Jewish women have unquestionably had a tremendous impact on history.
The sages teach us that the Jewish people were redeemed from slavery in Egypt only in the merit of righteous Jewish women[i]. Furthermore, the sages go on to say that we will be redeemed from our current exile, too in the merit of the righteous women[ii].
We will discuss some of the most prominent examples of impactful Jewish women in history. To cover all of them, if at all possible, would be beyond the scope of this short article.
Our nation was founded by the four Matriarchs, Sarah, Rivka, Rochel, and Laya (Sara, Rebecca, Rachel, and Leah), alongside the three Patriarchs, Avraham, Yitzchak and Yaakov (Abraham, Isaac, and Jacob). The matriarchs also provided critical input at crucial times, shaping the nation so that it would be pure. From Avraham’s distancing Yishma’el (Ishmael) at Sarah’s behest, to Rivka’s interference so that Yitzchok bless Yaakov rather than Esav (Esau), to Rochel’s role in Yaakov’s mistaken marriage of Leah (according to tradition, Yaakov prepared secret signs with Rochel to ensure Lavan (Laban) would not switch her for Leah. Fearing Leah would be shamed, Rochel let her in on the secrets, at unfathomable self-sacrifice).
Moving on to our first exile, in Egypt, Yocheved, Miriam, and Basya brought us Moshe Rabbeinu, savior, teacher, and leader of the Jewish people, through their combined efforts.
Tradition teaches that Moshe’s father Amram had separated from his wife Yocheved, when Paroah (Pharaoh) decreed all Jewish baby boys be drowned in the Nile.
His daughter Miriam argued that would make things worse, as it would prevent the birth of girls too. Remarkably, Amram accepted her criticism, despite her young age (she was no more than six!), and a leader was born.
Little Moshe could not have lasted long though, without the intervention of the tyrannical Paroah’s very own daughter Basya, who rescued the baby from a basket floating on the Nile, and brought him home, caring for him under the auspices of Moshe’s very own nemesis, Paroah.
Other impactful Jewish women include:
- the seven prophetesses, including the leader and judge Devorah
- Queen Esther, who saved the entire Jewish people together with Mordechai, during the story of Purim, recounted in their very own “Megillas Esther”.
- Yael, who killed the enemy general Sisra, thereby saving the Jewish people from his wicked might. This was not long after their original entry into the Land of Israel.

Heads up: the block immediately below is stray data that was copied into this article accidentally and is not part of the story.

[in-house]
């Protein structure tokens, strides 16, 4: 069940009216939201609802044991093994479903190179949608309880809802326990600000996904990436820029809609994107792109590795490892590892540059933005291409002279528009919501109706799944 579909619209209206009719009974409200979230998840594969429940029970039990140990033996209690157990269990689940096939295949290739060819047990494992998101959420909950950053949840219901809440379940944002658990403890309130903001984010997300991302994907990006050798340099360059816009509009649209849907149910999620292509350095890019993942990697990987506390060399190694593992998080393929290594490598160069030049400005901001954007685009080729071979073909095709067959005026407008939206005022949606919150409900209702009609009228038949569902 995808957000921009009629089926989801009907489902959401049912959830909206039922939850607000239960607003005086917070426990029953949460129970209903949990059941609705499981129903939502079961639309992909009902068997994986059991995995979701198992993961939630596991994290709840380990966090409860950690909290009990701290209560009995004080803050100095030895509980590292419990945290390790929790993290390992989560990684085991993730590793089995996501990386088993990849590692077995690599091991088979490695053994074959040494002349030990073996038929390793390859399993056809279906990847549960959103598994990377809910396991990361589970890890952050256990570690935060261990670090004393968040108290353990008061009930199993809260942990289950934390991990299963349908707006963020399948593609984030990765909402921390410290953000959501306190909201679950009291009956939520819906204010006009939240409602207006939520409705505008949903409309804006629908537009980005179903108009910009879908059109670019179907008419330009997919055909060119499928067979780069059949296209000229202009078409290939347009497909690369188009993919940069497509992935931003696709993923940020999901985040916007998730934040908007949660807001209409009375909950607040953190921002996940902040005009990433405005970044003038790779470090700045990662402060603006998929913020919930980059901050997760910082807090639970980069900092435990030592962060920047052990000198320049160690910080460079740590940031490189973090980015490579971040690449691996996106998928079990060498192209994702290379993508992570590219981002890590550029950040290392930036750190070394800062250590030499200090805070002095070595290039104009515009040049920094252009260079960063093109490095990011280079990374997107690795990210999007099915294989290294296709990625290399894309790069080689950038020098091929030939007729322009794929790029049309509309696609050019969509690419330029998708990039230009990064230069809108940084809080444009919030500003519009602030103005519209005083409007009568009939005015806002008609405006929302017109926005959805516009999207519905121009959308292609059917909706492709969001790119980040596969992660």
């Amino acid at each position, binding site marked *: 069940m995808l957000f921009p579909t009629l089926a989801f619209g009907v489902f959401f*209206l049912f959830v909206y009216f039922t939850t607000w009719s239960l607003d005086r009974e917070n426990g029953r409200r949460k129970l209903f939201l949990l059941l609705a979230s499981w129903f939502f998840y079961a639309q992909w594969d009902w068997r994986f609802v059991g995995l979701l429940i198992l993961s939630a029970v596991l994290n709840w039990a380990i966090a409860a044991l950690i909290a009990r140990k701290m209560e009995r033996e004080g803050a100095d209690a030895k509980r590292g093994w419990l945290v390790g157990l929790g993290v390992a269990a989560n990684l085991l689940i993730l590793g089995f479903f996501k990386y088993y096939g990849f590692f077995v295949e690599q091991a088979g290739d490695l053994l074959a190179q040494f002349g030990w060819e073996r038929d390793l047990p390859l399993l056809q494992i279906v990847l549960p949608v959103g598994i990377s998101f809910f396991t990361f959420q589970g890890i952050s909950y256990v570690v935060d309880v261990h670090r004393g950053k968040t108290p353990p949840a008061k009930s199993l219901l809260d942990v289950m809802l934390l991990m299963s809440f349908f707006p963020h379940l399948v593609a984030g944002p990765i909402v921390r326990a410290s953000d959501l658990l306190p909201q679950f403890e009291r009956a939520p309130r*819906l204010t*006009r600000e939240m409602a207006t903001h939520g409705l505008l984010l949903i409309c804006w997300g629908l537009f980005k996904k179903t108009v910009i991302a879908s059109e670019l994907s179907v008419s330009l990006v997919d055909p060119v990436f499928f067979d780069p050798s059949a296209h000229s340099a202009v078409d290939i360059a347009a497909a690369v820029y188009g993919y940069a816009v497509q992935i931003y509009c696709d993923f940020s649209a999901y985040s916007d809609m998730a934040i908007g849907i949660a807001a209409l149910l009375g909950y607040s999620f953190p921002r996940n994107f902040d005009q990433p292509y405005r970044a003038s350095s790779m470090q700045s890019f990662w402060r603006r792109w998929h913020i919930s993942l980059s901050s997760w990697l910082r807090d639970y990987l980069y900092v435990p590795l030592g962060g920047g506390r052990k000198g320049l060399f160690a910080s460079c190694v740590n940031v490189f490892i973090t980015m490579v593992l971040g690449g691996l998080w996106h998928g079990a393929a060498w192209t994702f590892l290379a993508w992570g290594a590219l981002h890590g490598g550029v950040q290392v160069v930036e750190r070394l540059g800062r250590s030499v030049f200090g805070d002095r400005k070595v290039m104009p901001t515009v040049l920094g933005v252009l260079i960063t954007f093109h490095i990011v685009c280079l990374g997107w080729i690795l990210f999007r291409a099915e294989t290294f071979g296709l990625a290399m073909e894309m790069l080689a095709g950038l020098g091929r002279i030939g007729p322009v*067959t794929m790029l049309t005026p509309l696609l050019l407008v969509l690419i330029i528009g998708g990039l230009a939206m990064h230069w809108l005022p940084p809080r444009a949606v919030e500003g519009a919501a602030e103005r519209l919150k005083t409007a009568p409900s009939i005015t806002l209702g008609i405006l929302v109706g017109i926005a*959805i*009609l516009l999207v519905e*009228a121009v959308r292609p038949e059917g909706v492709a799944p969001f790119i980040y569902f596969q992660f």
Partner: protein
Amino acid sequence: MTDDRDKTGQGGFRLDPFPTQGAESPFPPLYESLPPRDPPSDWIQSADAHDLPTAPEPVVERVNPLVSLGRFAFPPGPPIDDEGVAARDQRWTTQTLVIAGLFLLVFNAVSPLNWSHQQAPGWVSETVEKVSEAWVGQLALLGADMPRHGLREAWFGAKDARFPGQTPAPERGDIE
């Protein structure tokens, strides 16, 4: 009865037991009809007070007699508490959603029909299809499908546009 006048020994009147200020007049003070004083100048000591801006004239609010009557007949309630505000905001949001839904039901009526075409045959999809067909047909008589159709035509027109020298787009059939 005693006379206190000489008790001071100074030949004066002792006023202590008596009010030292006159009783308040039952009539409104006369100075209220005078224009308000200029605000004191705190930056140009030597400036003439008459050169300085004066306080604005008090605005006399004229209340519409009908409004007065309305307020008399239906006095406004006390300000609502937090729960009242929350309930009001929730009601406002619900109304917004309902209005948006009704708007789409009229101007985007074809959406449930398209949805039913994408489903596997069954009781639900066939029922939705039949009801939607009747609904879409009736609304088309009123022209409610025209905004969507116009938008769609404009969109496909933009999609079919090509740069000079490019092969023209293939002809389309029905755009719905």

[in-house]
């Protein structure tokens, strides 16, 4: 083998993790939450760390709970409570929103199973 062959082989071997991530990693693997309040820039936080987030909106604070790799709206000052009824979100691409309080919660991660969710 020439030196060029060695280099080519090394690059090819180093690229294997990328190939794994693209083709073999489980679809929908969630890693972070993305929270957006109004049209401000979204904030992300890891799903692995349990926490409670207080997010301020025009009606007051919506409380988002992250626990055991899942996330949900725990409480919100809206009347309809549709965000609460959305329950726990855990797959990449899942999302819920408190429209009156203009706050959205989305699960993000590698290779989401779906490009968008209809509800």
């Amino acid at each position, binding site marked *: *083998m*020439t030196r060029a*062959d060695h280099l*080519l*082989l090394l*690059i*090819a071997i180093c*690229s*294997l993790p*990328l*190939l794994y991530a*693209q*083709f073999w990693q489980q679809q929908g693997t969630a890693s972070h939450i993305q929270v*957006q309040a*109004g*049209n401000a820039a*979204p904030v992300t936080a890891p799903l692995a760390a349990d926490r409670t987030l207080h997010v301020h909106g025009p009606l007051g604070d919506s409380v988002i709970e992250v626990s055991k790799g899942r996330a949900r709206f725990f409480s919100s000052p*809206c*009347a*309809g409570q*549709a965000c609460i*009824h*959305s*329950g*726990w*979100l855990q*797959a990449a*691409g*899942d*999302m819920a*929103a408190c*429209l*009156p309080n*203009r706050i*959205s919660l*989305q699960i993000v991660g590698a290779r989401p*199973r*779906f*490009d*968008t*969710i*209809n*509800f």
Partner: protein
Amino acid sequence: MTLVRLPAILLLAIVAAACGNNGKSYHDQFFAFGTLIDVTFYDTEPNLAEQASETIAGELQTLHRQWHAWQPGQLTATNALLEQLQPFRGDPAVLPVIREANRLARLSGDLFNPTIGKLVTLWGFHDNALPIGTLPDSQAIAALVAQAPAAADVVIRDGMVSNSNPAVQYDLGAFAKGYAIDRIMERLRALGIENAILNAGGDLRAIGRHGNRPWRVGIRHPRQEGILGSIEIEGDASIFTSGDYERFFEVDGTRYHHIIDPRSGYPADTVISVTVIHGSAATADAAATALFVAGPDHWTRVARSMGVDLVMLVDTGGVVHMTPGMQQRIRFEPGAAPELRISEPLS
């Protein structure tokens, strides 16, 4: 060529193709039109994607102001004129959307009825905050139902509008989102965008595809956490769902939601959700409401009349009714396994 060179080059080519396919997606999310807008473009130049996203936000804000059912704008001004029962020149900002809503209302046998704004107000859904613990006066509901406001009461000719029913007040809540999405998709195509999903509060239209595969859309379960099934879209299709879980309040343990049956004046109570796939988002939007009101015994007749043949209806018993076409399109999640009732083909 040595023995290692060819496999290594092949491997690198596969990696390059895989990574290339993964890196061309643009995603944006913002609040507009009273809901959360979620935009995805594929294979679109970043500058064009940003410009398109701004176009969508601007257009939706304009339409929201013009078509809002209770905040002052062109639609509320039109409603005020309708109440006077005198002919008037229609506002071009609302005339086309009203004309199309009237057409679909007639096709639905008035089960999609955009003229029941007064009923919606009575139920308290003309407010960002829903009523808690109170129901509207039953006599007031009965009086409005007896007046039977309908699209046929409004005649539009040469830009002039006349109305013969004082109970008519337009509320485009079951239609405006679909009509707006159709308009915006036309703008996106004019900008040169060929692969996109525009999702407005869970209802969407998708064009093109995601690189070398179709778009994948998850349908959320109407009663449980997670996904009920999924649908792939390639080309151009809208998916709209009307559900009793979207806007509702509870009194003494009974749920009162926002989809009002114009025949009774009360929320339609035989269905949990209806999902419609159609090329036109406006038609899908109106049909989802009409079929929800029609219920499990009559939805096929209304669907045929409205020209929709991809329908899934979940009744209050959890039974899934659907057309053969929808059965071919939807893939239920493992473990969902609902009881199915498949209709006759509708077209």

- Yehudis, during the oppressive Greek rule, in the Second Temple period. Forced into having relations with the local ruler Eliporni (Holofernes), she fed him milk and cheese until he became sleepy, upon which she amputated his head, ran back home with her “loot”, and hung the head out to dry, which quickly inspired the ruler’s soldiers to flee the area.
- The daughters of Tzilafchad, who approached Moshe with the argument for daughters’ inheritance, in the absence of sons. Their appeal was instrumental in having that law added to the Torah, on the directive of God.
- Bruriah, the wife of Rabbi Meir; Yalta, wife of Rabbi Nachman and daughter of the Reish Galusa; Abaya’s [step] mother (name unknown); the maidservant of Rabbi Yehuda Hanassi (quoted for linguistic knowledge) – all cited in the Talmud.
On the negative side, at some points in history we suffered from less-than-righteous women, who used their capabilities for the bad, including:
- Shimshon’s wife Delilah, who caused the leader’s downfall.
- Queen Izevel (Jezebel), who introduced idolatry to Israel at an unprecedented level, and murdered all prophets she could get her wicked clutches on, besides arranging the capital framing of Navos H’yizre’eli.
- Queen Asalya, who nearly succeeded in eradicating the Davidic royal family and dynasty.
- The wife of Potiphar, who caused Yosef much anguish and pain. In her case, though, the story had a happy ending; eventually bringing about Yosef’s emancipation, and rise to power.
And last, but certainly not least:
Chava (Eve) was technically not Jewish. Nor does she fit neatly in the box of “good” or “evil”. She certainly played a significant role in Jewish history, and world history, though. Arguably the most impactful human being ever. Eating from the Eitz Hada’as (the Tree of Knowledge) and seducing her husband to do the same, she permanently changed the world with her actions.
Still, as Adam said, she was the “mother of humanity”, a noble and pivotal role as well.
More questions about Jewish women in history and beyond? Get your answers.
[i] Sotah 11b
[ii] Yalkut Shimoni Rus 606 (according to the understanding of Yalkut M’am Loez Parshas Shoftim “Maalas ha’isha hakshera”
By Rabbi Pinchos Fried